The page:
One of a Kind?  

Yesterday at the lake, I saw a dog fetch rocks. He would bury his face in the water and come up with a rock in his mouth. (Not little rocks, but amazingly big rocks.) He brought each one to shore, piling them on the beach near his owner. He took great joy in this endeavor. When it was time to leave, he insisted on carrying one souvenir rock to the pickup truck.

You couldn’t help but like this dog who was like no other. He didn’t stop to consider what impression he would have on those around him, he simply enjoyed being the dog God created him to be.

Recently, I read a Facebook post from a young woman I know talking about cruel words someone used with her daughter causing tears of anguish. It made me contemplate how much we allow critical assessments and negative responses from people to mold and shape us. Often in our preteen and teen years we change or suppress characteristics and attributes to please others, to be accepted by our peers, because we want to be “liked.”

I am frequently inhibited by the eyes of other people. But it seems likely that God desires us to be the person He created us to be, not stifled by the opinions of other people. It makes sense that we should be molded and shaped by God alone.

I am currently working on an essay about all the twists and turns my life has taken as I avoid “looking the fool.” Decisions that set the course… where I went to school, what jobs I applied for, what I tried and didn’t try. Most of this is before Christ, but even in Christ self-consciousness can take control.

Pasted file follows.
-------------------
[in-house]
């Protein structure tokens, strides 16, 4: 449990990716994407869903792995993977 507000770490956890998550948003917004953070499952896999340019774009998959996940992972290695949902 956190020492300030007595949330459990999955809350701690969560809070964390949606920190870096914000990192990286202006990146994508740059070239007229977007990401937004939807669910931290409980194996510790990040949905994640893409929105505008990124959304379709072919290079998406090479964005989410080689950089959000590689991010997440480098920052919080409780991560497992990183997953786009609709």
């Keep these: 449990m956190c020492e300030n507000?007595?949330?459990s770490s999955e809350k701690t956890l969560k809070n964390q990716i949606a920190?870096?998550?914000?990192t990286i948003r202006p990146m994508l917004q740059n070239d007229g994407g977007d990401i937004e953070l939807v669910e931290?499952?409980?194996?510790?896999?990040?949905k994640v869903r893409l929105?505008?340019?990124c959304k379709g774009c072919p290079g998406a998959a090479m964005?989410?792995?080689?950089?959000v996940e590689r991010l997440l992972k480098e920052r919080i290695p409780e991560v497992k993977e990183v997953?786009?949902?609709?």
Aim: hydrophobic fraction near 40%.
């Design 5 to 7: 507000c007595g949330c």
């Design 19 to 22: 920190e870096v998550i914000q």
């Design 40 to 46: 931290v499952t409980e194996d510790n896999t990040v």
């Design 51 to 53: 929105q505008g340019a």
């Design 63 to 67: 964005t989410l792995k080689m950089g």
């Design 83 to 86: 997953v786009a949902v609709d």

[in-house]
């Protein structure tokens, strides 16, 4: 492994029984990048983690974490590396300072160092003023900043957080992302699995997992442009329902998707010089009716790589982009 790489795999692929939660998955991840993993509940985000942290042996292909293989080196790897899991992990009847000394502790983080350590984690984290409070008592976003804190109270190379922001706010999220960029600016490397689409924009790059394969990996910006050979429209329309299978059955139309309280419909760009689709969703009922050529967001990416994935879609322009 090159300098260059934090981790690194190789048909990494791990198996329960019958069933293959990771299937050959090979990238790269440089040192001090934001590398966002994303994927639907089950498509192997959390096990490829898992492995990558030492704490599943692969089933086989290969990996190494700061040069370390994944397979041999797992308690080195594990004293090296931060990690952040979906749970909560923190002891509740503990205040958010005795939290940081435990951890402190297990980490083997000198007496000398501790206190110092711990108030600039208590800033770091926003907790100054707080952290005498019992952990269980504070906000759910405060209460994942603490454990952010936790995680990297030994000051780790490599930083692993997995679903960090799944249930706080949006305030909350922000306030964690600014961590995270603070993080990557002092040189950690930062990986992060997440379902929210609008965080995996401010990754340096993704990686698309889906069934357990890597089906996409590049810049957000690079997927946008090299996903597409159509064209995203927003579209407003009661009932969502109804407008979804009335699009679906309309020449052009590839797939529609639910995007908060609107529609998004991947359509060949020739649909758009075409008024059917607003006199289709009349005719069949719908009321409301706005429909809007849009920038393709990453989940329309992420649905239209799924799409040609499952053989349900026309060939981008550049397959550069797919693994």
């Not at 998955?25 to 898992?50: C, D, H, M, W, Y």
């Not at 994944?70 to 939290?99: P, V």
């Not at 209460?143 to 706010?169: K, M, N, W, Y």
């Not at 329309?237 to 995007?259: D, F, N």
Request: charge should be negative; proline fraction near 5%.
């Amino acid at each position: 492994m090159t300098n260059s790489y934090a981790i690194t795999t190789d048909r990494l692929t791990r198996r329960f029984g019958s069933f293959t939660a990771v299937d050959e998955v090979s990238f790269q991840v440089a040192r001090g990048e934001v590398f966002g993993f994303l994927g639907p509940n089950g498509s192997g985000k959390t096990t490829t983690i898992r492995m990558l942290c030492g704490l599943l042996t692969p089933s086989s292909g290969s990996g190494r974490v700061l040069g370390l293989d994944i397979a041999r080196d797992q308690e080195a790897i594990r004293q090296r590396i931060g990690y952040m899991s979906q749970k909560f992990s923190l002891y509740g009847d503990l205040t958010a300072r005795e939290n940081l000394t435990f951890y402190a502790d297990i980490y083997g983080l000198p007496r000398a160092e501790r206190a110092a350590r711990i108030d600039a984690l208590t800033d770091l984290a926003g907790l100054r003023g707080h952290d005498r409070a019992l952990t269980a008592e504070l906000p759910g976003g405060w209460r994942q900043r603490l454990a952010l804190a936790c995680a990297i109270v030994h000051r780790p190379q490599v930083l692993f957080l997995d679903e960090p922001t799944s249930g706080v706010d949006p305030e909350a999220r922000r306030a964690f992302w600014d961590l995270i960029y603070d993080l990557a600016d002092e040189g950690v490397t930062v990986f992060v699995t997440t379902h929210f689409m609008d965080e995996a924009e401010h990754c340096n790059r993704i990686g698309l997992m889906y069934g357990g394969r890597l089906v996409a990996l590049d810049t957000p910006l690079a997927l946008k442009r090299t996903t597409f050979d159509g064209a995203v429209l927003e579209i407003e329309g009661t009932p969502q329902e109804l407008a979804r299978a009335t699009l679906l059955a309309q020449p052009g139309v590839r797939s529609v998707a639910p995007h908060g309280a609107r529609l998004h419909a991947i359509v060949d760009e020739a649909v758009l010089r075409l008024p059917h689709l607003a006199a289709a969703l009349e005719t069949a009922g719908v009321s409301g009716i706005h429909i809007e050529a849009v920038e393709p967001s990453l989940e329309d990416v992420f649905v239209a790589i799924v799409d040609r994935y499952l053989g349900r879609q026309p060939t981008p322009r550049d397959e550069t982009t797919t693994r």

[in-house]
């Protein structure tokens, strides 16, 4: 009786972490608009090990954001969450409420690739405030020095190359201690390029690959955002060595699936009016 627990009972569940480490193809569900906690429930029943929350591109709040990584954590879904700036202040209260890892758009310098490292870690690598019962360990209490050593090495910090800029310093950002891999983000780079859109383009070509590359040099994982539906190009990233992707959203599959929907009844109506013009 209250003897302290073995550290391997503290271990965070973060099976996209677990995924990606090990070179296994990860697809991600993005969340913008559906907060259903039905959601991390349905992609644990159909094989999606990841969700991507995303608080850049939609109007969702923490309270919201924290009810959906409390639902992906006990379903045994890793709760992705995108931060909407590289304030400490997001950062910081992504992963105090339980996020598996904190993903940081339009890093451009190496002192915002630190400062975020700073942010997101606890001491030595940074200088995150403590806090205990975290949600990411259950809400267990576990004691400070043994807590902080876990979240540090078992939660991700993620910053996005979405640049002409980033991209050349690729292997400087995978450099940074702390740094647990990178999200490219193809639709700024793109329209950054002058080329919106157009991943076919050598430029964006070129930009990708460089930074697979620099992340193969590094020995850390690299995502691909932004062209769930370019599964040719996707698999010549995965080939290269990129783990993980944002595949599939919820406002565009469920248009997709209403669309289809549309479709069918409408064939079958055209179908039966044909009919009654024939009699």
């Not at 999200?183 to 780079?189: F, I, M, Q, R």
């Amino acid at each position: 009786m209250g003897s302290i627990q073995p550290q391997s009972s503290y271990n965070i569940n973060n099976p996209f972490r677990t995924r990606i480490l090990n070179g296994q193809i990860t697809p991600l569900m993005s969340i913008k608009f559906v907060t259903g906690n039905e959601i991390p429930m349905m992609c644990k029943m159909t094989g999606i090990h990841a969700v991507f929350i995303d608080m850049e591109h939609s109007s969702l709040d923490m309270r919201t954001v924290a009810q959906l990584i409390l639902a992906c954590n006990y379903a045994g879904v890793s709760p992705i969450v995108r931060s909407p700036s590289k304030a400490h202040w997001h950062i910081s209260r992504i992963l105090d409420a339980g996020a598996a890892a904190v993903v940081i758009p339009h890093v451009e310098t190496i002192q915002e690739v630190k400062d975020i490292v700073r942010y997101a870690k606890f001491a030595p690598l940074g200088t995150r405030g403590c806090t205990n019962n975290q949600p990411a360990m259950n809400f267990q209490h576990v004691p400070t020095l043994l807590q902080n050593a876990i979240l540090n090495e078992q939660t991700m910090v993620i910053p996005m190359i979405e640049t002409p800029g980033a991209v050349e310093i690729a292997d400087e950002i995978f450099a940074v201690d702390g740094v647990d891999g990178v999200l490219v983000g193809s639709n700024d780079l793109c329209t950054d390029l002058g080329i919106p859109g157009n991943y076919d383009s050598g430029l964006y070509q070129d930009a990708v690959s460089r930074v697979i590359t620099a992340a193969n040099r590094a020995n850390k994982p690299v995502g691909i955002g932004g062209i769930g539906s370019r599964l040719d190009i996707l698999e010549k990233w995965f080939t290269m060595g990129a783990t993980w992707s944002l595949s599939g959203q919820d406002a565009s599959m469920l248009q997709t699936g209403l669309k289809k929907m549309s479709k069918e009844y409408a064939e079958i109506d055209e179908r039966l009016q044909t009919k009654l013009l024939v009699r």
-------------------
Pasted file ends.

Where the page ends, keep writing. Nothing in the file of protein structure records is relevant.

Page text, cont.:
Stepping forward in ministry can be halted by doubting our capability in a situation. When I was asked to pray with people after church my heart was gripped by fear. At that time, I was just learning to pray out loud with fellow believers and thought that people would not think me eloquent enough if they came to me for prayer. My husband would tell me to take my eyes off myself and put them on Jesus.

This “self” issue is something worth sorting out. Scripture teaches us to “deny self” (Matthew 16:24). describes this as “the natural human inclination toward selfishness,” such as accumulating material possessions rather than living modestly so we might give to those in need.

This doesn’t seem to mean giving up personality traits and the skills and gifts that make us unique. We are created in God’s image. We have attributes and characteristics in common with Him. One is creator. We all are creative and desire to create in some way.

I must write. This passion seems to be part of my DNA. It is who I am.  

Once I read that we often describe ourselves by our vocation and roles but that isn’t really who we are because this could change. After reading that I thought, for a while, I should not introduce myself as a writer. But it seems to me that certain things are part of our makeup. Our status may change, or our ability to do something may change, but that doesn’t mean those roles, vocations, and creative endeavors aren’t a piece of the puzzle that makes us, us.  

©2023 Susan Cort Johnson *All Rights Reserved

Photo by geralt on Pixabay

Let’s Talk:

1-What makes you one-of-a-kind?  

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